Tuesday, December 30, 2008

Methicillin-Resistant Staphylococcus aureau Infections

Methicillin-Resistant Staphylococcus aureau Infections
Top HIV Med. 2008 Dec-2009

Bartlett JG.
The Johns Hopkins University School of Medicine, Baltimore, MD, USA.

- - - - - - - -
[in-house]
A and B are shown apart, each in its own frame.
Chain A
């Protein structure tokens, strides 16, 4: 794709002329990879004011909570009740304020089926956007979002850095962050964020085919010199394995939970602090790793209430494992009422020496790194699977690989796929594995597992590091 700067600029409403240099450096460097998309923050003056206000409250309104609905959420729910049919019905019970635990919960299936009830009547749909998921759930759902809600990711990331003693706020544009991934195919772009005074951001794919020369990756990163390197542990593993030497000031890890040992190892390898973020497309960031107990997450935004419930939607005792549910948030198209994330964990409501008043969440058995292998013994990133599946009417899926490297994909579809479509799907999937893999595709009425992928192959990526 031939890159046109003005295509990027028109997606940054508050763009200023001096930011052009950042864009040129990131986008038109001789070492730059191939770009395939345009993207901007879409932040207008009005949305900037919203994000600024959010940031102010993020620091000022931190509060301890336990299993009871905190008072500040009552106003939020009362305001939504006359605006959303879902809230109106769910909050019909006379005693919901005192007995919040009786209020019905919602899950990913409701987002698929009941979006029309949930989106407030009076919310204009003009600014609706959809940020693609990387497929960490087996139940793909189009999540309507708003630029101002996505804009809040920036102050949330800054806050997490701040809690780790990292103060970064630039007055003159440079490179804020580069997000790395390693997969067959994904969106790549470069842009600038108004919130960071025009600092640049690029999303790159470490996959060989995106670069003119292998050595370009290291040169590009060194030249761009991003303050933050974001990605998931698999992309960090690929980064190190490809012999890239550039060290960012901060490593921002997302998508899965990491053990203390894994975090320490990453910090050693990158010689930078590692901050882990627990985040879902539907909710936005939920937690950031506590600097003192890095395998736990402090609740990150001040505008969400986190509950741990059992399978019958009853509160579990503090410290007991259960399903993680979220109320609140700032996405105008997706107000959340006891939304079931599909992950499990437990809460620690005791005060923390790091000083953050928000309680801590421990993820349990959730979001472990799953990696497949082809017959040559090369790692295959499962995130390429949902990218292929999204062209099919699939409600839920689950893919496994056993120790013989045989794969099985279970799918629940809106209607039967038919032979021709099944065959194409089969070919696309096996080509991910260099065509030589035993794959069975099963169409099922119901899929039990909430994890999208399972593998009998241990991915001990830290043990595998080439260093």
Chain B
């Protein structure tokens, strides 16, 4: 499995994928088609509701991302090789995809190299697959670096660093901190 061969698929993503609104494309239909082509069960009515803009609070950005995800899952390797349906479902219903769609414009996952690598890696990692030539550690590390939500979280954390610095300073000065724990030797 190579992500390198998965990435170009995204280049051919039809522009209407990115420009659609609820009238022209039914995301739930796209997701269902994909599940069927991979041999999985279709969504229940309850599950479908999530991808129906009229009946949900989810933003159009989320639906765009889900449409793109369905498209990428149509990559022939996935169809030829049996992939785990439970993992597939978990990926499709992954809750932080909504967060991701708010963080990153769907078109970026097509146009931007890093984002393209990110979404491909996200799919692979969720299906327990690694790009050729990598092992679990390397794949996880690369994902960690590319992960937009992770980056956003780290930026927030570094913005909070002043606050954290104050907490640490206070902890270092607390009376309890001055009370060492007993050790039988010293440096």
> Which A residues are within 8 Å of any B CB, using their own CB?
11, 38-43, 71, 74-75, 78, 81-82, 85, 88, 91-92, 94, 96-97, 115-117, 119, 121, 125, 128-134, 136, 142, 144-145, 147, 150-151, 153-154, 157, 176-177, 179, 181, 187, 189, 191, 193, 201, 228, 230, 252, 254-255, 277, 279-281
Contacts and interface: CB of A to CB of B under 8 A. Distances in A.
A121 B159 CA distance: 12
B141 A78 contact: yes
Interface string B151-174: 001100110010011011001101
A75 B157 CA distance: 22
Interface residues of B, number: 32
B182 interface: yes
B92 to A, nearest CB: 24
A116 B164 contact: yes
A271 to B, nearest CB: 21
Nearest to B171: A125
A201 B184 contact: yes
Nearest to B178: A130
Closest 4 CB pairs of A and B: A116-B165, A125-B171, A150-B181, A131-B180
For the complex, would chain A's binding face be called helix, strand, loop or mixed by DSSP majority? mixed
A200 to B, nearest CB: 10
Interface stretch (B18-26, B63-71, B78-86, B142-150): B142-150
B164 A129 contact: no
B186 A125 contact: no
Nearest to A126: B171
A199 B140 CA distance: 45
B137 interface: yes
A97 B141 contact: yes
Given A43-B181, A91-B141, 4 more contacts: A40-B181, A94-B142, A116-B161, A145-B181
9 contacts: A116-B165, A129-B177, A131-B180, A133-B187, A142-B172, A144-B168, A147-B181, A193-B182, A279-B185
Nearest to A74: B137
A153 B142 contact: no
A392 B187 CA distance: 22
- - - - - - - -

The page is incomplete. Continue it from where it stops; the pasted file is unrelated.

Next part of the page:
Community-acquired methicillin-resistant Staphylococcus aureus (MRSA) infection is epidemic in the community, differs from nosocomial MRSA in virulence, mechanisms, and antibiotic susceptibility, and exhibits diverse and often unique pathologic characteristics. The community-acquired MRSA USA 300 strains are transmitted largely by person-to-person contact and cause characteristic soft-tissue abscesses and, less commonly, other sometimes unusual and serious infections including a necrotizing pneumonia, and other necrotic infections such as necrotizing fasciitis, pelvic thrombophlebitis, and septic phlebitis. This MRSA 300 family remains susceptible to drugs active against nosocomial MRSA (ie, vancomycin, linezolid, daptomycin) and is often susceptible to trimethoprim-sulfamethoxazole, doxycycline, and clindamycin. Recent epidemiologic data indicate that nosocomial MRSA (eg, mainly USA 100) strains are also present in the community and that MRSA USA 300 strains are present in hospital settings, with both families found in intermediate frequency in health care-associated settings (eg, nursing homes, dialysis centers). More work is needed to identify effective barrier precautions to limit their spread. This article summarizes a presentation on MRSA made by John G. Bartlett, MD, at the 11th Annual Clinical Update for the Ryan White HIV/AIDS Program Clinicians held in August 2008 in Washington, DC. The original presentation is available as a Webcast at

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